Are our schools doing all they can for all students?
The 2015-16 State of Education in Tennessee report and the Tennessee Department of Education strategic plan, Tennessee Succeeds, both highlight the need to educate all children, regardless of background or zip code, so they are prepared for their future. The question is how.
To explore further, SCORE convened a SCORE Institute, in partnership with Project Renaissance, to hear from Michael Petrilli, the president of the Thomas B. Fordham Institute and editor of a new book, Education for Upward Mobility. The book examines issues around how to help students born in poverty move into the middle class as adults.
Acknowledging that obtaining a bachelor’s degree is a ticket out of poverty, Petrilli then focused on how difficult it is for unprepared students to finish four years of college. In Tennessee, ACT results show that only about 20 percent of students are fully prepared for college, while high numbers of students pass through high school only to be stuck in remedial classes in college. Petrilli emphasized building upon the foundation of high standards and aligned assessment with intentional focus on career and technical education as a way to give more high school students options beyond a four-year undergraduate program. For many students, associate-degrees and technical certificates are obtainable degrees that fit with their education background, Petrilli said. And postsecondary education of some type is crucial to ensuring upward mobility for lower-income students. Institute attendees learned that recent high school graduates in Tennessee earn only about $9,000 a year, a figure below the poverty line.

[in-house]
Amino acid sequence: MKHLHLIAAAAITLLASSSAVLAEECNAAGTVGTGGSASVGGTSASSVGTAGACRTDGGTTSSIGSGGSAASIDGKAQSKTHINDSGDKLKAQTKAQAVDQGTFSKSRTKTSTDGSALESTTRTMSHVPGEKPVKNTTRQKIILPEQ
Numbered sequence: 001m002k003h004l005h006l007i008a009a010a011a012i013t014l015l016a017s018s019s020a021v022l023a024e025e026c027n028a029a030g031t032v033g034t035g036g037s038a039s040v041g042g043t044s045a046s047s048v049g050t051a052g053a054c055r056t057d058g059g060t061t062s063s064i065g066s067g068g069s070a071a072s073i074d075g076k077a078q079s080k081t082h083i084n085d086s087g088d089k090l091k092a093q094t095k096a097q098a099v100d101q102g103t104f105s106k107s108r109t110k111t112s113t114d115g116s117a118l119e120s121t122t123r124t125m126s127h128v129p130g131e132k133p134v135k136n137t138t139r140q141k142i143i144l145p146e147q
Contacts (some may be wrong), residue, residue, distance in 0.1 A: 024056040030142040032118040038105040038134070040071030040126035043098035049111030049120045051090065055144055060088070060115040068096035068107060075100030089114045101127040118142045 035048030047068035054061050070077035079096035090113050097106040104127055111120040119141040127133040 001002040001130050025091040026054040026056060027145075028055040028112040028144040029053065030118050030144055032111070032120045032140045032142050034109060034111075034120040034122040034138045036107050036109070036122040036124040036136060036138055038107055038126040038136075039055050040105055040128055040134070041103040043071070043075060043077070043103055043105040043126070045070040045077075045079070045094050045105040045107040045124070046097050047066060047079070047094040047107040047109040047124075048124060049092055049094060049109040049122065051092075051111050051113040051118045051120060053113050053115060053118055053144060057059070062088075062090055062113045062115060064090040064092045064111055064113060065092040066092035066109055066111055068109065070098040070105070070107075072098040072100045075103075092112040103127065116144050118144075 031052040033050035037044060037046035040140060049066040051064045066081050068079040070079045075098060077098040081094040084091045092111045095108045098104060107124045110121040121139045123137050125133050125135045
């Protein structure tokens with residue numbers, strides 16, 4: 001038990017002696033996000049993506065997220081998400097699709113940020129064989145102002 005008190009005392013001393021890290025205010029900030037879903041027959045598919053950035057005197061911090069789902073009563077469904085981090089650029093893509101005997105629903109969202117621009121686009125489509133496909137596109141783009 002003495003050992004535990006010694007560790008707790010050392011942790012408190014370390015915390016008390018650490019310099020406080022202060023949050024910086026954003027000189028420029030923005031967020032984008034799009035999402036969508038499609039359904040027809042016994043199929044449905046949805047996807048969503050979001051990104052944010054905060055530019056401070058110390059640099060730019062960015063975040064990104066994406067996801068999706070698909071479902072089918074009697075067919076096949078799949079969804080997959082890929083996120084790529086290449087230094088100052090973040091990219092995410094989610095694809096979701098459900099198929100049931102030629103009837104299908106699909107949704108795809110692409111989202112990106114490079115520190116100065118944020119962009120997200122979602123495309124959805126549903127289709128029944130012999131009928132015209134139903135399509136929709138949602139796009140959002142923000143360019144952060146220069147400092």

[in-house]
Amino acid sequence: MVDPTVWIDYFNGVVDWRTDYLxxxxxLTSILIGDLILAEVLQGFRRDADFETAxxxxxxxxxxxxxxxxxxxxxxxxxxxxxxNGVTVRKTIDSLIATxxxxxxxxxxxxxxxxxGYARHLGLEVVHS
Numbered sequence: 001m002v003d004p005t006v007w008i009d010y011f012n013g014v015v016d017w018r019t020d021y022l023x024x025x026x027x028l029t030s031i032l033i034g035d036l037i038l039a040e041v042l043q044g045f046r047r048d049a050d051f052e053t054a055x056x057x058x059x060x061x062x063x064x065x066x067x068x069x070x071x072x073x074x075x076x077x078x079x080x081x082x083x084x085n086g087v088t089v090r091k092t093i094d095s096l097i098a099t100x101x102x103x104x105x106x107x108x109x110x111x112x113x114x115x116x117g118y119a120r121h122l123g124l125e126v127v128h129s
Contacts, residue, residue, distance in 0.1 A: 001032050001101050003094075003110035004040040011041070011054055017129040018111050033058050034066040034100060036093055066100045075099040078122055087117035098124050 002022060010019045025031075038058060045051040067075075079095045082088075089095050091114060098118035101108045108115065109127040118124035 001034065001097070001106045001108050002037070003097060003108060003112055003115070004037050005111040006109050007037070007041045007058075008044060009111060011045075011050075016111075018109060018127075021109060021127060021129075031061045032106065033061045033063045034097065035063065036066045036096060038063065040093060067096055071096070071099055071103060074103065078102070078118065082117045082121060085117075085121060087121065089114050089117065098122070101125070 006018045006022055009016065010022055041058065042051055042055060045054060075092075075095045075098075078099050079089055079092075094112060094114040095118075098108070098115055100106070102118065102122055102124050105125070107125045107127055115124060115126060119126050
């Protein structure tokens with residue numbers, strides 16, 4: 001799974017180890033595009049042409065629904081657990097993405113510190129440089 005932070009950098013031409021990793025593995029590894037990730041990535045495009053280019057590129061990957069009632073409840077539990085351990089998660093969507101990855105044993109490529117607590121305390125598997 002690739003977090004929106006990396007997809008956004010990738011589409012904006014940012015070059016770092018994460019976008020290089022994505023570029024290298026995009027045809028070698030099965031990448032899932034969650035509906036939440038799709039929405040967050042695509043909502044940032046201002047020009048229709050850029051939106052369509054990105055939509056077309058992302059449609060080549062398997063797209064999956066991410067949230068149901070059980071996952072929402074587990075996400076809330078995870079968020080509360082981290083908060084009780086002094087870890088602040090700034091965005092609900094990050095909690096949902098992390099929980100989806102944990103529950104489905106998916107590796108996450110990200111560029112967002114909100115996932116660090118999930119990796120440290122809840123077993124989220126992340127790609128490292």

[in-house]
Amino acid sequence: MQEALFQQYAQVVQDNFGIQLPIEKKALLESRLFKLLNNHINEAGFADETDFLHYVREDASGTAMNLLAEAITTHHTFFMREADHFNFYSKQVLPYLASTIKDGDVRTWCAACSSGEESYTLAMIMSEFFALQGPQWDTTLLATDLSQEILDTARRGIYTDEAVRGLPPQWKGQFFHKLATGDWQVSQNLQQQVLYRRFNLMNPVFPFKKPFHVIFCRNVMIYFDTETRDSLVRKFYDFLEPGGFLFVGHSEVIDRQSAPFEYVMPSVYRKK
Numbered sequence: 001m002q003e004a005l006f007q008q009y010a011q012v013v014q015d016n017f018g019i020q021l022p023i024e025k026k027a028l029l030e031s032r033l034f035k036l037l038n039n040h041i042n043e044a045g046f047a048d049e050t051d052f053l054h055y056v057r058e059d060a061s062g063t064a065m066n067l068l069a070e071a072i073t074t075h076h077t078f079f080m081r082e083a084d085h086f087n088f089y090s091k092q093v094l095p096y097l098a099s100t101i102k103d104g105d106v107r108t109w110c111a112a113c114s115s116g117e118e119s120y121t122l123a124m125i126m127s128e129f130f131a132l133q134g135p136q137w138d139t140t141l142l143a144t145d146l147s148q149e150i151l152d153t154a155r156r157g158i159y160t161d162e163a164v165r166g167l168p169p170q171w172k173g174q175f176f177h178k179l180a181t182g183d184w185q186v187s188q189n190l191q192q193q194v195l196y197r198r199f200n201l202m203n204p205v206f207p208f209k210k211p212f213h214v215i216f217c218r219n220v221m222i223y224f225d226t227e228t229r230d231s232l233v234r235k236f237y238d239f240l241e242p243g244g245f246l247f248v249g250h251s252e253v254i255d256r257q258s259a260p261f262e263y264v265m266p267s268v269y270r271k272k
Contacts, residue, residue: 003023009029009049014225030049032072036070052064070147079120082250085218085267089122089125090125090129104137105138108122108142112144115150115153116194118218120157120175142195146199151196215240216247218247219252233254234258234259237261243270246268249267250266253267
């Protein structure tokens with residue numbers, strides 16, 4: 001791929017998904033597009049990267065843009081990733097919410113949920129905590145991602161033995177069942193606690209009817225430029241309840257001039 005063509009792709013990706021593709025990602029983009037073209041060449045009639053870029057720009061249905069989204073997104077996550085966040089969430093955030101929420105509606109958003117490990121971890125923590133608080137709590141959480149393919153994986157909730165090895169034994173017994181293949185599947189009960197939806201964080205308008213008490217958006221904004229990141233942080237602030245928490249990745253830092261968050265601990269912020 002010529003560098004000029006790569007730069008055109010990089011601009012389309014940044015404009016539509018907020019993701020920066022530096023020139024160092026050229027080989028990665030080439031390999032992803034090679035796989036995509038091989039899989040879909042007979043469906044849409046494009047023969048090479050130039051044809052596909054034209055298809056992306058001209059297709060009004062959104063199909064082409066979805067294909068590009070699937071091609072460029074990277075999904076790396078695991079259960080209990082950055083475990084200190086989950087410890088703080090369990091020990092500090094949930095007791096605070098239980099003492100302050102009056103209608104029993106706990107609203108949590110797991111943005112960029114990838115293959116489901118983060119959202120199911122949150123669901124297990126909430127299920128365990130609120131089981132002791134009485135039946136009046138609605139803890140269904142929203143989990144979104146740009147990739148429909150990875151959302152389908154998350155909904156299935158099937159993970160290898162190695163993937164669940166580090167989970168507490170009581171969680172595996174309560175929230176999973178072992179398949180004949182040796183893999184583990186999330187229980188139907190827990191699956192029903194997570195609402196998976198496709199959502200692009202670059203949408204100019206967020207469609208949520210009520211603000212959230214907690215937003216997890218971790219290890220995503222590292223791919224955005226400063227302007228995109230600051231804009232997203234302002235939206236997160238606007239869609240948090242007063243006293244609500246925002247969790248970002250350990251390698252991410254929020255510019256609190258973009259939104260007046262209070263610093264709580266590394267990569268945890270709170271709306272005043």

A panel discussion led by SCORE Executive Chairman and CEO Jamie Woodson with Petrilli, Gini Pupo-Walker of Conexion Americas, and Mike Krause of Tennessee Promise and Drive to 55 examined how Tennessee can help more students find the right fit after high school.
Krause talked about how Tennessee Promise and Drive to 55 allow Tennessee students to choose between a varieties of postsecondary degrees and certificates so students can find the right fit. Pupo-Walker advocated for giving opportunities to high-performing students, especially those low-income and minority students who might be overlooked. Both panelists pointed to Academies of Nashville and the CTE programs and community partnerships in Northwest Tennessee as strong steps forward to prepare students for their future. (Read more about such efforts in Tennessee in this SCORE Sheet series.)
In many ways Tennessee is on the right track with CTE courses, Tennessee Promise, and a new aligned assessment in TNReady. But the panelists concurred that additional thought needed to be given to serving high-achieving low-income students and communicating to parents and the community about the continued need for high standards.
A big reason people in education wake up and work every day, is because our work can bring positive generational change. As a state that has made significant gains in education, we have a unique position to find and promote policies that improve outcomes for all students. Now, we should ask, “What can we do as individuals, as partners, as organizations to make sure our schools are doing all they can for all students?”